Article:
Muse/News: Supporting change, learning a city by foot, and farewells to Toni Morrison
SAM director and CEO Kimerly Rorschach shared the museum’s position on proposed changes to Washington State’s overtime rules. These changes are long overdue, and SAM has been a leader in implementing adjustments. However, a slower ramp-up would be more sustainable for non-profits.
Marcus Harrison Green of the Seattle Times on Blood Lines, Time Lines, Red Lines, the Warren Pope solo show now on view at NAAM that explores the city’s history of racist housing policies.
“Pulling a reverse Henry David Thoreau”: Crosscut’s Brangien Davis on Seattle Walk Report, the comic that explores the magic of the city by foot. Its anonymous creator will name herself soon!
With “Currently Hanging,” The Stranger’s Jasmyne Keimig gets close to an artwork. Here, she visits a figurative gold sculpture by Casey Curran that echoes previous works by Anthony White and Tessa Hulls.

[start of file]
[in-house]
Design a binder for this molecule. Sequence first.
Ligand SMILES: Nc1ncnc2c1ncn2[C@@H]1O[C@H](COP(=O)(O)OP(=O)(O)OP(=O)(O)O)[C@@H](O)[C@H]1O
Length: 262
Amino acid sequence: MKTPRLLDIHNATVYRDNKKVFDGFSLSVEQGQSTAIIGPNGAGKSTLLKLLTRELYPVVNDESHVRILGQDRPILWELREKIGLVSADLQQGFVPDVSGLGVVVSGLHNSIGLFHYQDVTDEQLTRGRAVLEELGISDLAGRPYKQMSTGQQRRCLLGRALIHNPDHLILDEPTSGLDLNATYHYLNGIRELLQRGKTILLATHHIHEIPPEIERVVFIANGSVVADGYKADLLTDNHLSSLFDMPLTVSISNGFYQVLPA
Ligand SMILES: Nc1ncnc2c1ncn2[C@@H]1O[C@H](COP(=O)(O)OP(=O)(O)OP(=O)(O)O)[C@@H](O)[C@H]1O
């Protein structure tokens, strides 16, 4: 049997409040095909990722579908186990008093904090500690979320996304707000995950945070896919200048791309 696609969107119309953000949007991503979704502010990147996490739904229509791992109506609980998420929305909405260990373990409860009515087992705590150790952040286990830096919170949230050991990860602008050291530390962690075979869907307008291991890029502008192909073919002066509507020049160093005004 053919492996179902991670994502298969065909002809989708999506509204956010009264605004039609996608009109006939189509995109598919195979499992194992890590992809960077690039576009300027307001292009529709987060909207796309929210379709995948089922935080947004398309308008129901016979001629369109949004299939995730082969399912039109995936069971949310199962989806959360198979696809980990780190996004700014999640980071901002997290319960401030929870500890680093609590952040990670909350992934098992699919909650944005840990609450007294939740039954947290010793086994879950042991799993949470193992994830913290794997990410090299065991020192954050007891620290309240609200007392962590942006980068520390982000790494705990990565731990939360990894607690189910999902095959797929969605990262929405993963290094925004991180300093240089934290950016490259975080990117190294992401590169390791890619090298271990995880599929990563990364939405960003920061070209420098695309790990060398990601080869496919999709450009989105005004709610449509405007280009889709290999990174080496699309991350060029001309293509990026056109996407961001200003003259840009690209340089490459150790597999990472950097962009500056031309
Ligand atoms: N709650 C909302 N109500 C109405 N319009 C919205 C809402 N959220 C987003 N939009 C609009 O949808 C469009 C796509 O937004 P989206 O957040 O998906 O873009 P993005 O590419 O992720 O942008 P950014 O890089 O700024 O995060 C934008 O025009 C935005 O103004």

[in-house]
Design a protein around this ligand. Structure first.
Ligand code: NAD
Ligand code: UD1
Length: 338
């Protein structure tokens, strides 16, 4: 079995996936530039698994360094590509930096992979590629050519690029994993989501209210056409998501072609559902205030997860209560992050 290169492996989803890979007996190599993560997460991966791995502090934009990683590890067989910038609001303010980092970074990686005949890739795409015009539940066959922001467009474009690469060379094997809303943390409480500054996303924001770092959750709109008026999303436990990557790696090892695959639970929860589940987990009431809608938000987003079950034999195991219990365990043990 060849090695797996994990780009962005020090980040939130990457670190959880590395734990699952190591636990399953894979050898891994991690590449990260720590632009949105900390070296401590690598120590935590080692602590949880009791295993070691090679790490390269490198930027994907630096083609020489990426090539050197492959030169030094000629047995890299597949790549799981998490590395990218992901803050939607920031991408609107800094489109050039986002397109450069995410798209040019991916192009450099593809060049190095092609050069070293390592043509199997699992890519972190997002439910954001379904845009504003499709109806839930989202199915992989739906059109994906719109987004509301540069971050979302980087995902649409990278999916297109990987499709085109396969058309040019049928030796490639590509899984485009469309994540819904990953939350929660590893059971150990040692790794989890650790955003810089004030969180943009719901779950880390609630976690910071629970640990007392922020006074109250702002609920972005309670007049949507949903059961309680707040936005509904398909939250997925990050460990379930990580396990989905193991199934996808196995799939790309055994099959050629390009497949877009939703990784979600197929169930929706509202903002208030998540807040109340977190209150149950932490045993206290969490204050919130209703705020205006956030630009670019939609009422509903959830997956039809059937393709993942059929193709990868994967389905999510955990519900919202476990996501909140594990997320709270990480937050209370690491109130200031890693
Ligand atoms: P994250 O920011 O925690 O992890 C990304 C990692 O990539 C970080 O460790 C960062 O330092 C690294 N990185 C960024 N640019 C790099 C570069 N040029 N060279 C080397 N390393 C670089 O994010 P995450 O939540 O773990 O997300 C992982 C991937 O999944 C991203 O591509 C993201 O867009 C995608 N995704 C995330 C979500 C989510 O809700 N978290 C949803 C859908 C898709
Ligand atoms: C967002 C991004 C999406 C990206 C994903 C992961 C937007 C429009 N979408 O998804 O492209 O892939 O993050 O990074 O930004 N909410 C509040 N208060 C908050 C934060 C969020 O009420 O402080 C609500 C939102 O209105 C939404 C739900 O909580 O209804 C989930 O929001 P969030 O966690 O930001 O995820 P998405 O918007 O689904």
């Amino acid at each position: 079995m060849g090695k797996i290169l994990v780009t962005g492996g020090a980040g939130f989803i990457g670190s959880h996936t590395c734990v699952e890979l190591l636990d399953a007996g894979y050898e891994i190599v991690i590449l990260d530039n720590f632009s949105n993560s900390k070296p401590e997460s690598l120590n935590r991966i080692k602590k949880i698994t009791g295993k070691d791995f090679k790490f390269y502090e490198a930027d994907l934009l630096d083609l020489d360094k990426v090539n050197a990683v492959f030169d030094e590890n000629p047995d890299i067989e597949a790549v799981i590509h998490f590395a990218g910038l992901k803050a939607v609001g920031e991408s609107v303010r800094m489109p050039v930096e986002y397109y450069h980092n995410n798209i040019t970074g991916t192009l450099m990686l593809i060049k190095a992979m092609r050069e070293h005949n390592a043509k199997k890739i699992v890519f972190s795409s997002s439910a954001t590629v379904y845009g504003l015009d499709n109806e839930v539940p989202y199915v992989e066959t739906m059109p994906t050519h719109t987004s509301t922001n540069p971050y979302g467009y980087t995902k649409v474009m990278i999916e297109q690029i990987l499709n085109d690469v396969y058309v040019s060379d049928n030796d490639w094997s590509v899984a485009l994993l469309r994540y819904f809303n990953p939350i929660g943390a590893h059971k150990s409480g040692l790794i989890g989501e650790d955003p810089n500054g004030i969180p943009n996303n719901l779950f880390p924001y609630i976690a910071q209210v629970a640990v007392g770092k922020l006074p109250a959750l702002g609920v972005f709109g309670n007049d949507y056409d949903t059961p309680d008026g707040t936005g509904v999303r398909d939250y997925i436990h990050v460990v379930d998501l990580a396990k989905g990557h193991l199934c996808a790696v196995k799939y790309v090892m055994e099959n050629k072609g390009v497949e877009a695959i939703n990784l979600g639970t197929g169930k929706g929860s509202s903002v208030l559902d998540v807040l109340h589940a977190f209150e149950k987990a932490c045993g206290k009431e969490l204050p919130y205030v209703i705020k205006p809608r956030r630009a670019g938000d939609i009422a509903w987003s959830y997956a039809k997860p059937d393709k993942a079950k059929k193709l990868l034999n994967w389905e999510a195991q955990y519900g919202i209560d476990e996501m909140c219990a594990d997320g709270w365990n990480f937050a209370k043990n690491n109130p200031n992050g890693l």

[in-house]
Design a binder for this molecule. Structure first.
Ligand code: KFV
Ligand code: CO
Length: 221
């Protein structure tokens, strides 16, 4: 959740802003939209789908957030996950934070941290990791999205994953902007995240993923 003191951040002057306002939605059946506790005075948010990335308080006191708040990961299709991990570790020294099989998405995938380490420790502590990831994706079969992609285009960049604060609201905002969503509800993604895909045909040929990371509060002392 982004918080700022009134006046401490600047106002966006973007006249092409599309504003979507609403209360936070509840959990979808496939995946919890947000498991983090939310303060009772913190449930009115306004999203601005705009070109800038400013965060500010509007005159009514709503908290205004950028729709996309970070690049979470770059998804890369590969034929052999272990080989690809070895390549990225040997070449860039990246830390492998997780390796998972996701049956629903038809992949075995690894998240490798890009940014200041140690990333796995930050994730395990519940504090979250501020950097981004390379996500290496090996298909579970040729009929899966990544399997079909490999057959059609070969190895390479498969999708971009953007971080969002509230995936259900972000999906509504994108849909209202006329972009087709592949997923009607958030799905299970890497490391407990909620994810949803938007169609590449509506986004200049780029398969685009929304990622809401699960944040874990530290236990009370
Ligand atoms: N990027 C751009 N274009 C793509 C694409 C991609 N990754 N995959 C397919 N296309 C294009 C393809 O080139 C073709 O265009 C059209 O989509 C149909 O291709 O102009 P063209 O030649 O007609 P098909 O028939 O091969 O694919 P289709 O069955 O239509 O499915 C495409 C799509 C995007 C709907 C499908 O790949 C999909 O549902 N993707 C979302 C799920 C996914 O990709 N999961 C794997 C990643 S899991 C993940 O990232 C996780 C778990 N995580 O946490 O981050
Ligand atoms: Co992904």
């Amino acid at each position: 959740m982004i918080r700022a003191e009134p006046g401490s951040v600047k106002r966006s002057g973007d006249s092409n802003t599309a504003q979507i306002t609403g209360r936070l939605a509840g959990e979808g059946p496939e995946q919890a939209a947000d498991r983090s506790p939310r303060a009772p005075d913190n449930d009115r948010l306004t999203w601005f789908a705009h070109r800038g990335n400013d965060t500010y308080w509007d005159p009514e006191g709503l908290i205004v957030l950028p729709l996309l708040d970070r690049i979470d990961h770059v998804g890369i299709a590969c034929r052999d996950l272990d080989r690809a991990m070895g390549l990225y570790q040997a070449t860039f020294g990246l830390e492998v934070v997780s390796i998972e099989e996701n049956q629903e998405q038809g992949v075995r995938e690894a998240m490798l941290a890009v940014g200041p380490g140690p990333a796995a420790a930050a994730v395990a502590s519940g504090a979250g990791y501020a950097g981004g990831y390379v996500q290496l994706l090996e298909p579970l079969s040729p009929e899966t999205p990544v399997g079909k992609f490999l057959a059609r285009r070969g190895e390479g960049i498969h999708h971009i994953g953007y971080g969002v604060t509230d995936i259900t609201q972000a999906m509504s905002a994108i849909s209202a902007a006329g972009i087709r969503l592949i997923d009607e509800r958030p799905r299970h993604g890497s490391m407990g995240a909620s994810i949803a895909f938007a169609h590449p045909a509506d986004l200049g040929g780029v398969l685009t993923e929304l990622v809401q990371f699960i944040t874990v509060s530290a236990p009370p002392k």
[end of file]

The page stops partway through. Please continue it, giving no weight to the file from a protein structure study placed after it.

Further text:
“The sculpture reminds me of The Ecstasy of Saint Teresa-meets-the-alien-from-Annihilation-meets-Rodin’s-Thinker. All things I love.”
“The first Abstract Expressionist”: Who would you name? The Museum of Fine Arts Boston has a new exhibition that may answer that question.
DCist on the Phillips Collection’s new exhibition of 100 works by 75 artists on global displacement; director Klaus Ottmann calls it “the most ambitious exhibition the museum has ever undertaken.”
Author Toni Morrison died this week at the age of 88. This New York Times obituary celebrates her “luminous, incantatory prose resembling that of no other writer in English.”
“Ms. Morrison animated that reality in prose that rings with the cadences of black oral tradition. Her plots are dreamlike and nonlinear, spooling backward and forward in time as though characters bring the entire weight of history to bear on their every act.”
– Rachel Eggers, SAM Associate Director of Public Relations